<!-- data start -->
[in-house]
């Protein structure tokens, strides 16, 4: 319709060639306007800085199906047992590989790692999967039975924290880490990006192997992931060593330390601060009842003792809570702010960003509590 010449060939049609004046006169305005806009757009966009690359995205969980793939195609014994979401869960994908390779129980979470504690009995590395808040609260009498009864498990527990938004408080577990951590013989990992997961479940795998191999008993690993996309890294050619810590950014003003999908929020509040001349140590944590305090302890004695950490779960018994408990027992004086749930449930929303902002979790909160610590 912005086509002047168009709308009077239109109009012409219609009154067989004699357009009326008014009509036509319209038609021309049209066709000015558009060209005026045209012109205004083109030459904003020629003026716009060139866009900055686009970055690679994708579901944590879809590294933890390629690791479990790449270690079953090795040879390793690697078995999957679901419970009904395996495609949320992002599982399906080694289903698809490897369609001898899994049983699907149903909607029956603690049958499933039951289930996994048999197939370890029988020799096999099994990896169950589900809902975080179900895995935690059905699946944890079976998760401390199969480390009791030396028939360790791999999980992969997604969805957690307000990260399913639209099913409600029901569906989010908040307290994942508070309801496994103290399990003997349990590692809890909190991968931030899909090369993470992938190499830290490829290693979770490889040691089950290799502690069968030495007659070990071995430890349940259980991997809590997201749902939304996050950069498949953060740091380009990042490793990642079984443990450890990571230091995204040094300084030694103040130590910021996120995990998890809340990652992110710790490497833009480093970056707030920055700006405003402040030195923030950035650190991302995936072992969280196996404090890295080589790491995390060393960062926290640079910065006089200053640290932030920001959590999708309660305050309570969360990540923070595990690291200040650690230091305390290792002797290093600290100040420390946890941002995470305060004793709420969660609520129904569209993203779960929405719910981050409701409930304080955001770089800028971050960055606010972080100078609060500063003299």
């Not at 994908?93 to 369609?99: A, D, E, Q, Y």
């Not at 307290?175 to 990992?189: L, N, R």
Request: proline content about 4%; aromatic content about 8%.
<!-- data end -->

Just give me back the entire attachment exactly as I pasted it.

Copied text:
[in-house]
């Protein structure tokens, strides 16, 4: 319709060639306007800085199906047992590989790692999967039975924290880490990006192997992931060593330390601060009842003792809570702010960003509590 010449060939049609004046006169305005806009757009966009690359995205969980793939195609014994979401869960994908390779129980979470504690009995590395808040609260009498009864498990527990938004408080577990951590013989990992997961479940795998191999008993690993996309890294050619810590950014003003999908929020509040001349140590944590305090302890004695950490779960018994408990027992004086749930449930929303902002979790909160610590 912005086509002047168009709308009077239109109009012409219609009154067989004699357009009326008014009509036509319209038609021309049209066709000015558009060209005026045209012109205004083109030459904003020629003026716009060139866009900055686009970055690679994708579901944590879809590294933890390629690791479990790449270690079953090795040879390793690697078995999957679901419970009904395996495609949320992002599982399906080694289903698809490897369609001898899994049983699907149903909607029956603690049958499933039951289930996994048999197939370890029988020799096999099994990896169950589900809902975080179900895995935690059905699946944890079976998760401390199969480390009791030396028939360790791999999980992969997604969805957690307000990260399913639209099913409600029901569906989010908040307290994942508070309801496994103290399990003997349990590692809890909190991968931030899909090369993470992938190499830290490829290693979770490889040691089950290799502690069968030495007659070990071995430890349940259980991997809590997201749902939304996050950069498949953060740091380009990042490793990642079984443990450890990571230091995204040094300084030694103040130590910021996120995990998890809340990652992110710790490497833009480093970056707030920055700006405003402040030195923030950035650190991302995936072992969280196996404090890295080589790491995390060393960062926290640079910065006089200053640290932030920001959590999708309660305050309570969360990540923070595990690291200040650690230091305390290792002797290093600290100040420390946890941002995470305060004793709420969660609520129904569209993203779960929405719910981050409701409930304080955001770089800028971050960055606010972080100078609060500063003299």
């Not at 994908?93 to 369609?99: A, D, E, Q, Y």
């Not at 307290?175 to 990992?189: L, N, R």
Request: proline content about 4%; aromatic content about 8%.